For many of us, speed is the number-one priority. Installing engine compo-nents that produce more horsepower puts a smile on our faces when we step on the loud pedal. Lacking from this equation, however, is the ability to properly bring said fun machine down from triple-digit speeds in a quick and precise manner.
All too often, we neglect the things that don't make the car go faster, like brakes, but in every arena aside from drag racing, great brakes help produce quicker times, both in their ability to allow later braking points and by giving the driver repeatable results that allow him/her to drive on "the edge" lap after lap, thus reducing times.
With all the wheel choices out there, we spent way too much time pondering what shoes to e
By starting your build with the suspension and brakes, you'll be able to extract maximum performance from your stock powerplant. Once you have wrung it out, then you should improve the engine output. But don't forget that your brakes may need to be upgraded as well.
The factory disc/drum brake setup on LX and GT 5.0 Mustangs was no doubt lacking from the start, but it hasn't stopped most of us from doing plenty of burnouts and quarter-mile attacks. For those who want to do something other than the aforementioned fun acts, it's in your best interest to step up the stock braking package to something more reliable and predictable.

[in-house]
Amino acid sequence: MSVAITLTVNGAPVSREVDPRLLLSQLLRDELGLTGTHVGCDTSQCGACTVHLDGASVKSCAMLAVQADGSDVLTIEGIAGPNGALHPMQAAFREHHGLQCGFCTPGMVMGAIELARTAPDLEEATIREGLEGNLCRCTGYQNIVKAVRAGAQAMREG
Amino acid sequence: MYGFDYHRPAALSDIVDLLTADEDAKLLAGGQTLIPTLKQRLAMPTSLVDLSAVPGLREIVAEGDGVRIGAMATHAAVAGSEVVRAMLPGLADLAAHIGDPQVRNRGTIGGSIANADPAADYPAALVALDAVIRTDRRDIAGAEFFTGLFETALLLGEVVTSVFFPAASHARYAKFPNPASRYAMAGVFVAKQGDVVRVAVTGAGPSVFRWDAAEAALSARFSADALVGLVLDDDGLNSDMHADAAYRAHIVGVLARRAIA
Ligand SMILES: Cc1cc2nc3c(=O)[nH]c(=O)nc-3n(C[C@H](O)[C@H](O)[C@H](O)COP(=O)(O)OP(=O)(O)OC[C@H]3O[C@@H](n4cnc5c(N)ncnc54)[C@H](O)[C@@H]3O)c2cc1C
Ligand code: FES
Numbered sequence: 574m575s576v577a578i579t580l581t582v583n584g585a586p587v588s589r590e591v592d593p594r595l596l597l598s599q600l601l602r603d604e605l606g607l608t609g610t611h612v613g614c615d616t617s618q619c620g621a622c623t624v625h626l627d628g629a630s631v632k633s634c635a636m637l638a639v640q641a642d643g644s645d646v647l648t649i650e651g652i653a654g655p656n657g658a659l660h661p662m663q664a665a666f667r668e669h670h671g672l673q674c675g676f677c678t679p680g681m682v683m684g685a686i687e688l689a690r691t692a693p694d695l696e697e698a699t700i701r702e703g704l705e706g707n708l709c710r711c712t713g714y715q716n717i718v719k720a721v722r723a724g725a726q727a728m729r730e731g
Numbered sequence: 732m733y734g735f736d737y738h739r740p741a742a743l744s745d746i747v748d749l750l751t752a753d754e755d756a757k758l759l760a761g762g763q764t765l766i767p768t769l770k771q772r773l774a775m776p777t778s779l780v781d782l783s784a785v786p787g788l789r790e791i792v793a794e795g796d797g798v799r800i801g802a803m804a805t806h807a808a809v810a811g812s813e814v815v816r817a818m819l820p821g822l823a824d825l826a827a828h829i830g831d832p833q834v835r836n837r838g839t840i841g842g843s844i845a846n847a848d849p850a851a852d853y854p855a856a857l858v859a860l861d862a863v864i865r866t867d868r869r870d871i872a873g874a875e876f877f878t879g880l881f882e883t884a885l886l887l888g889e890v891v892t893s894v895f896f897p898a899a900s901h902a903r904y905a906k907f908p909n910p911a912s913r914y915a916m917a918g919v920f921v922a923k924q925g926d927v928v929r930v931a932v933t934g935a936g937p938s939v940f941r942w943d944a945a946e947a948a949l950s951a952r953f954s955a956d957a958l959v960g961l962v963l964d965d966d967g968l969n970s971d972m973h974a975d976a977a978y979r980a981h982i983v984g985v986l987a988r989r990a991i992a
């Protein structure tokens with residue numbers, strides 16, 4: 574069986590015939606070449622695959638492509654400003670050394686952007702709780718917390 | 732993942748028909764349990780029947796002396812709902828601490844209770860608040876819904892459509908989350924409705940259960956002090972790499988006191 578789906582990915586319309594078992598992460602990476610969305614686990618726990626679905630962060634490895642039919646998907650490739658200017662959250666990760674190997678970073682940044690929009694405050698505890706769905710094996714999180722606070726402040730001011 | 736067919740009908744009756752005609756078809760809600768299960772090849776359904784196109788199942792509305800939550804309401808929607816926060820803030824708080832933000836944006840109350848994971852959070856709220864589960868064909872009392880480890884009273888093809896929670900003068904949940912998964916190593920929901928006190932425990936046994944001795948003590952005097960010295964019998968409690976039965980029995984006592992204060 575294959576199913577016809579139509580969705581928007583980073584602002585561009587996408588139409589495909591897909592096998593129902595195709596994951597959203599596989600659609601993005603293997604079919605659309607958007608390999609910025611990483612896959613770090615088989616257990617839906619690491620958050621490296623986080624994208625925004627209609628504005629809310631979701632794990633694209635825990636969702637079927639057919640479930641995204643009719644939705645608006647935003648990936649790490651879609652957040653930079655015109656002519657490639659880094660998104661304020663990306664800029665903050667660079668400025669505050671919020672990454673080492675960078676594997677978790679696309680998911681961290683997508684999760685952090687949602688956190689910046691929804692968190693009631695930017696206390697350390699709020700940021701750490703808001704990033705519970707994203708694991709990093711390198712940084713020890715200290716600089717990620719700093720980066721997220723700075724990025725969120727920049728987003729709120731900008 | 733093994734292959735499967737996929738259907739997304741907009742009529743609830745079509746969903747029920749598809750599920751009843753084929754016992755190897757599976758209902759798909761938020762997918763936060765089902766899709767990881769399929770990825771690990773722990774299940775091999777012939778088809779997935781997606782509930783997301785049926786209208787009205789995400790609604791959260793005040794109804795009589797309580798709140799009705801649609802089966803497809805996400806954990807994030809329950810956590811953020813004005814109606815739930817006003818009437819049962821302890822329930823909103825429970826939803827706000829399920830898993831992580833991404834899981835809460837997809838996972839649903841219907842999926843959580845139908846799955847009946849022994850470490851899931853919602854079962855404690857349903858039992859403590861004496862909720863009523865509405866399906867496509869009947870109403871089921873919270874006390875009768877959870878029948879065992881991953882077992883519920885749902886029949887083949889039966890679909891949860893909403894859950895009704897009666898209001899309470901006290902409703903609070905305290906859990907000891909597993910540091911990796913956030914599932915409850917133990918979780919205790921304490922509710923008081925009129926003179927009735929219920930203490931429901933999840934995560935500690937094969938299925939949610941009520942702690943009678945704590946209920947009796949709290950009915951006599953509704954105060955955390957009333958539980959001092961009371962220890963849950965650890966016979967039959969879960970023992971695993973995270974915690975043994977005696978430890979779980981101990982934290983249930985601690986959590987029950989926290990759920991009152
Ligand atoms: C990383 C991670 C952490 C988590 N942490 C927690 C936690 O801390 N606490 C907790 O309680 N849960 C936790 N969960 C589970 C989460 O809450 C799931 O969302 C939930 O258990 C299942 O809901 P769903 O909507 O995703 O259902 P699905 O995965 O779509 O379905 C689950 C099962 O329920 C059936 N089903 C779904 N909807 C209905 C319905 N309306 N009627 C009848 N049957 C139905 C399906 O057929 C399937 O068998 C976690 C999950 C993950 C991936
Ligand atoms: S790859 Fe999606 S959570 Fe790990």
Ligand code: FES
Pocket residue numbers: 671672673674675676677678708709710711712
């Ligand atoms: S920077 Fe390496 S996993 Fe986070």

Forged from the coals of Dearborn as a '93 Mustang Cobra, Project Stolen Goods came equipped from the factory with a four-wheel disc-brake system that improved stopping per-formance. The '93 Snake's front brakes featured two-piston calipers with 10.84-inch vented rotors, while the 8.8 axle was equipped with single-piston clamps and vented 10.07-inch discs.
This setup was great for the Cobra's stock 235hp rating, and it gave those looking to flex the Snake's muscle more track time before the brakes got hot and the pedal went to mush, which happened 100 feet out into the first stop with the stock GT brakes. Unfortunately for us, Stolen Goods had its brakes excised long ago, which sent us looking for some suitable stoppers.
We wanted to get everything we needed for our braking system from one company, and with Ba
While we probably could have used the factory master cylinder (the two looked identical to
To install the rear disc-brake setup, you'll need to pull the rear axle shafts out of the